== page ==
Gratefully shared from the BBB
In January, a new version of the CryptoWall ransomware - a type of malicious software designed to block access to a computer system until a sum of money is paid - began circulating after being dormant for several months. When installed, CryptoWall 3.0 encrypts all of your data and then leaves a ransom note.
Once infected, you have three unpleasant options: recover from a recent backup, rebuild your systems and live without the lost data, or pay the $500 ransom to get the decryption tools and key. BBB has received at least one report from a local business that has been affected. Fortunately, this business was extraordinarily well prepared and was back in full operation in just 26 minutes with no loss of data. We would like you to ensure your business is protected as well.
Given the resurgence of this malicious ransomware, here are some tips to ensure your online safety:
- Have your IT shop review your patching and backup procedures. Your best first defense from this attack is up-to-date software. Version 3.0 relies primarily on weaknesses in other software on your system. These weaknesses are being fixed daily by the manufacturers and the fixes need to be installed on all systems. Of particular concern are browsers and plugins to browsers, such as Adobe (Acrobat Reader, Flash Player, Shockwave Player), Java, Windows Media Player, etc.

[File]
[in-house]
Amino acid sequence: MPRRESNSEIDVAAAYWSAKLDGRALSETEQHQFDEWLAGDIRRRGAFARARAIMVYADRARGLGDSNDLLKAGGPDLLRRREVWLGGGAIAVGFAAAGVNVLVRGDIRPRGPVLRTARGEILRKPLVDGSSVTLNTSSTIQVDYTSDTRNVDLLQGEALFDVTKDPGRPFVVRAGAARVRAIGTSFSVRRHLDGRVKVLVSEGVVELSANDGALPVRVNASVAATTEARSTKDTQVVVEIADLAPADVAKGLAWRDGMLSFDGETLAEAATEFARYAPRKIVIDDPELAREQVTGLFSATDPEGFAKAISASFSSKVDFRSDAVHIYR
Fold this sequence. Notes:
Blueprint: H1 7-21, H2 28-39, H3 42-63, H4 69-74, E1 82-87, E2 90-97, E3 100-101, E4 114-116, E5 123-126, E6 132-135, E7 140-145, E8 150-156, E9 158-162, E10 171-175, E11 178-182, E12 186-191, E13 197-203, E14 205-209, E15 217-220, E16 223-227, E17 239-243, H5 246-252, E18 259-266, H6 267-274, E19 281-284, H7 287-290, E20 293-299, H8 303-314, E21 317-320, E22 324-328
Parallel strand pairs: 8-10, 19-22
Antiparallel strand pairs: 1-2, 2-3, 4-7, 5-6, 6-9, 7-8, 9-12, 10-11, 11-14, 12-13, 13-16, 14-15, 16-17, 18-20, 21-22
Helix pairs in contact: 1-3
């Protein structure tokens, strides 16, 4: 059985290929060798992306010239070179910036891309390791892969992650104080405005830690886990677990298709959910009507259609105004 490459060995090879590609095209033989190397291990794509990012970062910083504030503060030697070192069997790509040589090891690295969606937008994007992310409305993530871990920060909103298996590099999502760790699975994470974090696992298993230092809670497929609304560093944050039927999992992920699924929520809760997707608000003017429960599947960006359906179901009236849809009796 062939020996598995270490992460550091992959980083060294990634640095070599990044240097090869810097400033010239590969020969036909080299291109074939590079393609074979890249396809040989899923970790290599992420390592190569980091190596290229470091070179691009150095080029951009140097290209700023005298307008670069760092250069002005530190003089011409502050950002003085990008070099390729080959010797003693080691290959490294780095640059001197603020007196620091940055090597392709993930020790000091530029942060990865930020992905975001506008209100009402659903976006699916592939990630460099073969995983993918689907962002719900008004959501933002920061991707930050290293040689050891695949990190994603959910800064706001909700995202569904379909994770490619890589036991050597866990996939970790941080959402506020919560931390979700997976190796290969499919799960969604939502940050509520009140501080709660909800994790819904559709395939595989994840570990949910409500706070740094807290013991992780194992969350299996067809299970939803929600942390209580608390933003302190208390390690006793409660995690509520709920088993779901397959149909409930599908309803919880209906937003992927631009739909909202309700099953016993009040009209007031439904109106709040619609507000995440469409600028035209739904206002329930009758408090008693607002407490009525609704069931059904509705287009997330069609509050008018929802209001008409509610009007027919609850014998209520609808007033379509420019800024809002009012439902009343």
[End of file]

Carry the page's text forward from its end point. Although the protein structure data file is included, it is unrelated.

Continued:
- The only real recovery option is a recent backup. Version 3.0 will encrypt files on any Windows drive mapped as a letter – that is C:, D:, etc. This includes network shares inside your organization and cloud drives like DropBox if you have them mapped as a letter drive.
- Since this version of CryptoWall will attack any letter mapped drive, it is important to review where your backups reside. If the malware has access to your data and your backup, then there is no recovery path. Please review the access all computers in your environment have to your backup files. While it has long been a best practice to limit access to backup archives, now it is essential. You may want to consider keeping a copy of your backups off the network, if you do not do so already.
This is not so much a warning about ransomware as a reminder about online security and safety. Please take this opportunity to review your patching and backup procedures and evaluate the risk to your data if this particular malware got onto one of your systems. This happened to a local business and they were prepared. We want you to be ready as well.